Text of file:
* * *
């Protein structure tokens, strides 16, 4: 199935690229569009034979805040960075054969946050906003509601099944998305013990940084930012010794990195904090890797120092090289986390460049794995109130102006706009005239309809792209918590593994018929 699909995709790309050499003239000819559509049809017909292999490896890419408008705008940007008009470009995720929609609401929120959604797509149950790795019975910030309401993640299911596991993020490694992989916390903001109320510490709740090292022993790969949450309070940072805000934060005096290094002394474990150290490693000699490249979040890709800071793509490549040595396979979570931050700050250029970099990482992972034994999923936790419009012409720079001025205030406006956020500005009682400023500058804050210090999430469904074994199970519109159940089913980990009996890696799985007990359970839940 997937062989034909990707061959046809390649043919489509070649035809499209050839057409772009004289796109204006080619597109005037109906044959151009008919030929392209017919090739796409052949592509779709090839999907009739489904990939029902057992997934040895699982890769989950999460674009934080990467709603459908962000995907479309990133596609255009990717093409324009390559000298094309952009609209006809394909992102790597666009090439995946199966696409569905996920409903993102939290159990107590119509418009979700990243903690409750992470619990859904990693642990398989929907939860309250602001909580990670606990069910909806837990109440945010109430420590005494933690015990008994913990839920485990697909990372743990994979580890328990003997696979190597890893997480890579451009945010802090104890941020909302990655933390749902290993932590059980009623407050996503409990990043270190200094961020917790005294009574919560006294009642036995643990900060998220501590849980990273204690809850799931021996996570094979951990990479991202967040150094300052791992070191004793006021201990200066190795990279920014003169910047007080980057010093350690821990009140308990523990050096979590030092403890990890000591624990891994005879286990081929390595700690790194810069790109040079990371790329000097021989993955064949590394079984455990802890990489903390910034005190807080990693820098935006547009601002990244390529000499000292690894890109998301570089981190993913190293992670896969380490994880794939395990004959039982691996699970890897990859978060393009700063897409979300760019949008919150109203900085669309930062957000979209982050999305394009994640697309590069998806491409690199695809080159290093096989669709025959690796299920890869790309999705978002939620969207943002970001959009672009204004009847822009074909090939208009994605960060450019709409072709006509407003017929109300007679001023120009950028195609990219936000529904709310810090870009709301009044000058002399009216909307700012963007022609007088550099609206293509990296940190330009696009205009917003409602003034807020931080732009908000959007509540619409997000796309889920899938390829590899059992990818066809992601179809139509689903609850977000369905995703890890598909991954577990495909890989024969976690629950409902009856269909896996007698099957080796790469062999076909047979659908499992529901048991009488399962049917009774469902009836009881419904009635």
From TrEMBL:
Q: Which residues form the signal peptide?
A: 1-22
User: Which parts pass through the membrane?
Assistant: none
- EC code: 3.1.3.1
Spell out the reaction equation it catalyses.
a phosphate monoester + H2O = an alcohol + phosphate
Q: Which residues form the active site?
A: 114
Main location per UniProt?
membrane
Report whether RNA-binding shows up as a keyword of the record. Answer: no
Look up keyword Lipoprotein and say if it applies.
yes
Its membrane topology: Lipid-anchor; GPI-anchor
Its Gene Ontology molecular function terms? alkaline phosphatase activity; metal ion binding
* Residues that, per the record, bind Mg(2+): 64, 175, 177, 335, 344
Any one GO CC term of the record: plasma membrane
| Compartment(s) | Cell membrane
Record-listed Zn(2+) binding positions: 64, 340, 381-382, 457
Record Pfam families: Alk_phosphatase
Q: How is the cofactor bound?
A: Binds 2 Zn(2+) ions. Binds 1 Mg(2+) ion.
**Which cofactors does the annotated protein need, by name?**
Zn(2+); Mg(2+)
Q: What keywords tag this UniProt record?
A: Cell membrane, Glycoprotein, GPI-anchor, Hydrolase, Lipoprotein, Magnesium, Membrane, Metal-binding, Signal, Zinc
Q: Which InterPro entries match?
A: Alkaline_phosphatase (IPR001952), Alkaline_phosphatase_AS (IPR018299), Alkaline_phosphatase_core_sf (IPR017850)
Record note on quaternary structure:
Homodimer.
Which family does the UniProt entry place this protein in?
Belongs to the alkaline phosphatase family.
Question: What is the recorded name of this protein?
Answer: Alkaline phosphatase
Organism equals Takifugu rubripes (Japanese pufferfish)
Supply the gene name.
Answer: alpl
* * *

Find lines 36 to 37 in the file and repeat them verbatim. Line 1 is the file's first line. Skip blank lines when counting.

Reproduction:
Question: What is the recorded name of this protein?
Answer: Alkaline phosphatase